Creativity at Maker Faires gives us a glimpse at the future

Knight Foundation supports Miami Mini Maker Faire to connect talented people in a creative environment that stimulates new ideas. Below, organizer Ric Herrero writes about the maker movement and the Faire planned for Nov. 16. Above: World Maker Faire 2013, photo by Andrew Kelly.

A version of this post originally appeared on the Miami Herald’s Starting Gate blog.

Miami has a long tradition of do-it-yourself ingenuity and tinkering. 

Many who have arrived here came with some technical or artisanal skill, yet for decades found little opportunity to put their skills to professional use. Recently, as jobs have become scarcer, makers young and old have started their own businesses making things or using technology to hack traditionally “non-tech” goods into something new. Others practice their skills as a hobby. However, these talented individuals have yet to coalesce around a “maker movement” as many others have in major cities around the world. Related Link

The Miami Mini Maker Faire, which will be held at The LAB Miami in Wynwood on Nov. 16, with additional exhibits at The Lightbox at Goldman Warehouse and O Cinema, will provide these makers with a unique opportunity to show what they have made and to share what they have learned. Thanks to Knight Foundation’s support, it will help foster a sustainable maker culture in our region and will serve as a bellwether for how far we’ve come as a creative community—and how far we have to go.

Our Mini Maker Faire, the first for South Florida, is part of a growing global entrepreneurial movement. The original Maker Faire was first held in San Mateo, Calif. This year it celebrated its eighth annual show with some 900 makers and 120,000 people in attendance. Earlier this month, more than 70,000 people attended the fourth annual World Maker Faire in New York. They met some 700 makers whose projects ranged from quadcopter drones and 3-D printed toys, to solar-powered robots and sensor-based gadgets that can wire your home and garden to the Internet.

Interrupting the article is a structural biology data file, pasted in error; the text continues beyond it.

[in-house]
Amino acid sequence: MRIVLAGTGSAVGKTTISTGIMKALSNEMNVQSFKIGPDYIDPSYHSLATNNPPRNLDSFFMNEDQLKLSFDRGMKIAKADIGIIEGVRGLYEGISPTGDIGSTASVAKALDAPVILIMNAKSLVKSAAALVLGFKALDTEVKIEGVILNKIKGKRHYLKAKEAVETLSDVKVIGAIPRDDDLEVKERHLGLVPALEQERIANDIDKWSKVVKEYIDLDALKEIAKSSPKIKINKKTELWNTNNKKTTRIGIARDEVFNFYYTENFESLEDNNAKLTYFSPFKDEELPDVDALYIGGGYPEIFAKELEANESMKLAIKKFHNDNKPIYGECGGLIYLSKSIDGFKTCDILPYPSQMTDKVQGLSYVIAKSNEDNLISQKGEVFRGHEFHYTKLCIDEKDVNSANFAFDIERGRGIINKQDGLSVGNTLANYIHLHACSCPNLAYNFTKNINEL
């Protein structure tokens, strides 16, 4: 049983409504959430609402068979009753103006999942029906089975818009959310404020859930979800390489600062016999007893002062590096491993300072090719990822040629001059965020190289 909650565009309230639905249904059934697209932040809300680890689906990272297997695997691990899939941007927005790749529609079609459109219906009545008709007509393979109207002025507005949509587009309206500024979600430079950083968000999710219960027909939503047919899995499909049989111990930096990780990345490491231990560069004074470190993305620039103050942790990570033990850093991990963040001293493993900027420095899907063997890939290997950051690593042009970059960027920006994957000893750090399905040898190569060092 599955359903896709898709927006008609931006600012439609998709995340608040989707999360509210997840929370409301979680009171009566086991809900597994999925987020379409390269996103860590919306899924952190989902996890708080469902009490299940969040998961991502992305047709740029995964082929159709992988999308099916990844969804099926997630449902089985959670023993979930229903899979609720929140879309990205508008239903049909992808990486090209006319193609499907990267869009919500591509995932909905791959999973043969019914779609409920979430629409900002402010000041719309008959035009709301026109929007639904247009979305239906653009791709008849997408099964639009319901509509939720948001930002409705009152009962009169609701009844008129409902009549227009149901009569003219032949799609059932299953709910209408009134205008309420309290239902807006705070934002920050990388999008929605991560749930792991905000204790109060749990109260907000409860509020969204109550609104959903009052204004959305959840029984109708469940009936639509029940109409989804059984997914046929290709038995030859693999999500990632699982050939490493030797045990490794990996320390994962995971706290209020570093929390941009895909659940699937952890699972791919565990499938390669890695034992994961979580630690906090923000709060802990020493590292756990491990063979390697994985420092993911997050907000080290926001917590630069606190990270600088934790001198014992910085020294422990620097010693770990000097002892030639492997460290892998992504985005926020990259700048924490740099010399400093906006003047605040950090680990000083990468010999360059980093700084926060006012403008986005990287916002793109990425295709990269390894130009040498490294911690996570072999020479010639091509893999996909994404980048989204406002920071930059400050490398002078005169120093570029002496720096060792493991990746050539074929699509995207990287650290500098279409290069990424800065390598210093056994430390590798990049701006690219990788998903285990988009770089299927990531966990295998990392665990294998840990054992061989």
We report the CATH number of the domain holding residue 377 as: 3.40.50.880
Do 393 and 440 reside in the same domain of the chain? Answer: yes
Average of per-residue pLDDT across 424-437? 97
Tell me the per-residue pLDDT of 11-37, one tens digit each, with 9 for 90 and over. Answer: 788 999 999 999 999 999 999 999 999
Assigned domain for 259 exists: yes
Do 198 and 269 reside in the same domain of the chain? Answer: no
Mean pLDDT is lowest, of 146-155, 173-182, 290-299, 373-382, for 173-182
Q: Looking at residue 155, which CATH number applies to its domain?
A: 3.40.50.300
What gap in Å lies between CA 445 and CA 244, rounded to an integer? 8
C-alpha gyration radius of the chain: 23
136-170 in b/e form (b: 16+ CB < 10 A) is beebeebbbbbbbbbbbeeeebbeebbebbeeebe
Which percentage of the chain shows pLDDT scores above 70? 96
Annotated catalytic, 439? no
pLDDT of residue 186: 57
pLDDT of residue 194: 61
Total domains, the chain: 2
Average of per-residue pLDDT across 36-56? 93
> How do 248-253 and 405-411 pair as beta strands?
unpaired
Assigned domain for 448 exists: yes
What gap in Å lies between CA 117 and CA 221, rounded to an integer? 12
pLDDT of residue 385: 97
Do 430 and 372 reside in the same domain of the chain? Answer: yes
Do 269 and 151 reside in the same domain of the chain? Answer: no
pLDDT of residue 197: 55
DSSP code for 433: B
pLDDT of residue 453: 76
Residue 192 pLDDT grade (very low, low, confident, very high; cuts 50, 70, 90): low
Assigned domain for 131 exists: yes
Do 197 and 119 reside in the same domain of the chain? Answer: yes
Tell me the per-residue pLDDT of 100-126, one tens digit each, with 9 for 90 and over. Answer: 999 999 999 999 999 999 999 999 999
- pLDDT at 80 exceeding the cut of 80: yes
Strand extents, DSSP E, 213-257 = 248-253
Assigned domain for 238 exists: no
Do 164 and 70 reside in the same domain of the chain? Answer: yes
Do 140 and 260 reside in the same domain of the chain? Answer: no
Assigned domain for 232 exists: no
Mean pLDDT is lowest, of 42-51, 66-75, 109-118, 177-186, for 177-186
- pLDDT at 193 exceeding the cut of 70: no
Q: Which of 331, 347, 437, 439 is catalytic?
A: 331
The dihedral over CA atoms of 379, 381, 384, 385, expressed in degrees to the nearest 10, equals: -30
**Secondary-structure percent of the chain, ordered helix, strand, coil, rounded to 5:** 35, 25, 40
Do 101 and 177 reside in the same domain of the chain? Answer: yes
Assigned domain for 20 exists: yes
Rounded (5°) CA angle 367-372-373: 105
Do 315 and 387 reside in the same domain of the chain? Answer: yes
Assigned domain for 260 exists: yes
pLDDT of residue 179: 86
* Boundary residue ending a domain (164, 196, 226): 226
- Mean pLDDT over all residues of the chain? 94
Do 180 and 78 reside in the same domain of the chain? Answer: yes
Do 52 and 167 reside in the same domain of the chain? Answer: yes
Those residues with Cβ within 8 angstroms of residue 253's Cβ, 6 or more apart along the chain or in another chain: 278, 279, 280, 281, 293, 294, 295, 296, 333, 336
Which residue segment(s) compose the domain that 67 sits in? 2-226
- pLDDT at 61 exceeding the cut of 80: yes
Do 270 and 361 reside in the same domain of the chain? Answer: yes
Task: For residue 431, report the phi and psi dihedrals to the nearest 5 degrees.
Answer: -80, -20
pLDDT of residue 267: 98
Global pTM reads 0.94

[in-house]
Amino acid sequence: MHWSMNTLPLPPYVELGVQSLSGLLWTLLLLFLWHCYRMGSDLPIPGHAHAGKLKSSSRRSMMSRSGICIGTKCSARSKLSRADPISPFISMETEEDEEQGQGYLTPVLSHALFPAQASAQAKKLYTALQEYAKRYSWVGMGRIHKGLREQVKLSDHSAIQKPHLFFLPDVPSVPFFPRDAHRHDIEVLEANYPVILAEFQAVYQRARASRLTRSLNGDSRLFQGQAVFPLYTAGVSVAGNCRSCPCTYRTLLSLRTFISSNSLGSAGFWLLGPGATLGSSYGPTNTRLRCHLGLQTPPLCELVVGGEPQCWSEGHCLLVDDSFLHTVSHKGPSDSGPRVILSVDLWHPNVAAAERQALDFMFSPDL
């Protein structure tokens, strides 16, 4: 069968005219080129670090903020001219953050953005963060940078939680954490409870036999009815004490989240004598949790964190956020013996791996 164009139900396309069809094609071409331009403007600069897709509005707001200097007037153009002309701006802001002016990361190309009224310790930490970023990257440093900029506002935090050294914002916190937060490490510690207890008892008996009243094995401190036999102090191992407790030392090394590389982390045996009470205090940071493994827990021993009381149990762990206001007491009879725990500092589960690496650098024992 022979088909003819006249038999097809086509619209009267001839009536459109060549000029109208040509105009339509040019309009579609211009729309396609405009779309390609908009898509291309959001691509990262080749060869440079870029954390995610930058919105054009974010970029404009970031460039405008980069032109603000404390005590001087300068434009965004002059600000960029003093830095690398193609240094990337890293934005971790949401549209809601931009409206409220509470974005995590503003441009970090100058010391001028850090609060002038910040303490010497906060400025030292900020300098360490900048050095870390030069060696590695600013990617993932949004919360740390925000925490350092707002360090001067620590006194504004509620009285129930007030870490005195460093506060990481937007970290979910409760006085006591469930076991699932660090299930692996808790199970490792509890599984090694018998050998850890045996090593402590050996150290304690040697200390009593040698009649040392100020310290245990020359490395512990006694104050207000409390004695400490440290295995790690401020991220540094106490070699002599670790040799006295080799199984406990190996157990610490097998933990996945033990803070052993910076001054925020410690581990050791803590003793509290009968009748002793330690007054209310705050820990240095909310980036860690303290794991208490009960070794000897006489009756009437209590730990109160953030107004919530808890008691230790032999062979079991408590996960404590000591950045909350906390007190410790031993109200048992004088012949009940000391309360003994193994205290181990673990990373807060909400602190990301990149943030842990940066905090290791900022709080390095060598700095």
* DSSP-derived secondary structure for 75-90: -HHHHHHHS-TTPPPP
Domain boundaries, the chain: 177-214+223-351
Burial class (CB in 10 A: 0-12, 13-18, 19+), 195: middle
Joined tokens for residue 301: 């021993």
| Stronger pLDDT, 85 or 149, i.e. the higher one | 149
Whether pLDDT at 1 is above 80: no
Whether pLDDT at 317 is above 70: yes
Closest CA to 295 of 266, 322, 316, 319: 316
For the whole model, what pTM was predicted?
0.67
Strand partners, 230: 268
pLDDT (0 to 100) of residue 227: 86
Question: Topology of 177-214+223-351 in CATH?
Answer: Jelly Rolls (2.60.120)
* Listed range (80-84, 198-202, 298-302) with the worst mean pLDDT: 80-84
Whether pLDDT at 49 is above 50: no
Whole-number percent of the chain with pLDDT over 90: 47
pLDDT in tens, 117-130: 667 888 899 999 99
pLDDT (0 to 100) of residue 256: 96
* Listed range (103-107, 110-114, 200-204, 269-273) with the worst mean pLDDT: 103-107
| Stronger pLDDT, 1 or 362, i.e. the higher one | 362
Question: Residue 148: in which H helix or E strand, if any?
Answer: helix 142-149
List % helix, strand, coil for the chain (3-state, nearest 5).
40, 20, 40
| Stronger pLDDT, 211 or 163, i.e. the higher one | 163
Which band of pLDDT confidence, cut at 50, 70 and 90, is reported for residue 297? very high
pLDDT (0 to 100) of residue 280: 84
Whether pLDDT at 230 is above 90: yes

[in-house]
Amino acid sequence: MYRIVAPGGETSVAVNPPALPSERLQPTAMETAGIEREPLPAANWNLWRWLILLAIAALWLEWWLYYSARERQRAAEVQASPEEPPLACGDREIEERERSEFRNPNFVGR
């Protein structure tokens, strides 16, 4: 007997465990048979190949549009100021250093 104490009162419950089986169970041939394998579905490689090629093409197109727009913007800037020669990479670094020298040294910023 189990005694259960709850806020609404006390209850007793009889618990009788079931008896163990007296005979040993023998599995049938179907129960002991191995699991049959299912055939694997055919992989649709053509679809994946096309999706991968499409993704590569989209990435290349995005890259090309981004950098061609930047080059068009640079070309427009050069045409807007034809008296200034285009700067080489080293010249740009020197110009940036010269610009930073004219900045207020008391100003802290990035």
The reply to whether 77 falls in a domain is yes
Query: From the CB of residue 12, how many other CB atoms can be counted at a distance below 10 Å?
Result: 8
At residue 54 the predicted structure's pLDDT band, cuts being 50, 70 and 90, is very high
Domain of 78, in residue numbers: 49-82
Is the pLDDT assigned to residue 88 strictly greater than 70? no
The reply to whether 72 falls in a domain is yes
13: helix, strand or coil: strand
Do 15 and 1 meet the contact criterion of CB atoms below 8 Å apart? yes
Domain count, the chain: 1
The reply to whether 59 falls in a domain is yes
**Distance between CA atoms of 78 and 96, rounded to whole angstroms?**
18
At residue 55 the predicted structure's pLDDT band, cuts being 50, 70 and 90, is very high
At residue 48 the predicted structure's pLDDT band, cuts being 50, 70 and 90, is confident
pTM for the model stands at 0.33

Detroit, Kansas City, Mo., Newcastle (United Kingdom), Rome and Tokyo are home to the “featured” 2013 Maker Faires. Elsewhere, communities are organizing independent Mini Maker Faires—including right here in Miami.

Maker Faire is a family-friendly celebration of creativity and invention, with the kind of “gee-whiz” energy you likely haven’t felt since you first visited Tomorrowland as a kid.

Though far from mainstream, the popularity of Maker Faires has surged in recent years for several reasons, including:

  • They are fun, interactive events that excite kids—and adults—about crafting, circuit electronics and soldering. At World Maker Faire, I heard a little girl tell her dad, “I want to make a robot and take it home!”
  • They explore cutting-edge trends in design, education, science and tech. In New York, I saw panels discussing the reemergence of hands-on STEM education in U.S. schools, the rise of maker spaces and how tech is ushering in a hyper-personalized future where we will be increasingly able to communicate with every physical object around us.
  • They provide a wonderful opportunity to meet local tech and design talent on the ground floor. This is why companies like Disney, Ford, Google and Intel are sponsoring Maker Faires around the world. Several products have debuted at Maker Faires, including the Arduino and Raspberry Pi microcontrollers so popular in engineering classes these days.

Over the next few years, Miami Mini Maker Faire will grow into a premier annual showcase of regional makers from South Florida and the Americas. It will attract top talent specializing in DIY technology, arts and crafts to come make cool things in Miami. We hope you will join us for this exciting inaugural event.

To apply to exhibit your project at the Miami Mini Maker Faire, or purchase tickets to attend, please visit

Ric Herrero is also co-founder of MIAMade, a non-profit organization dedicated to fostering a sustainable maker culture in the Greater Miami area.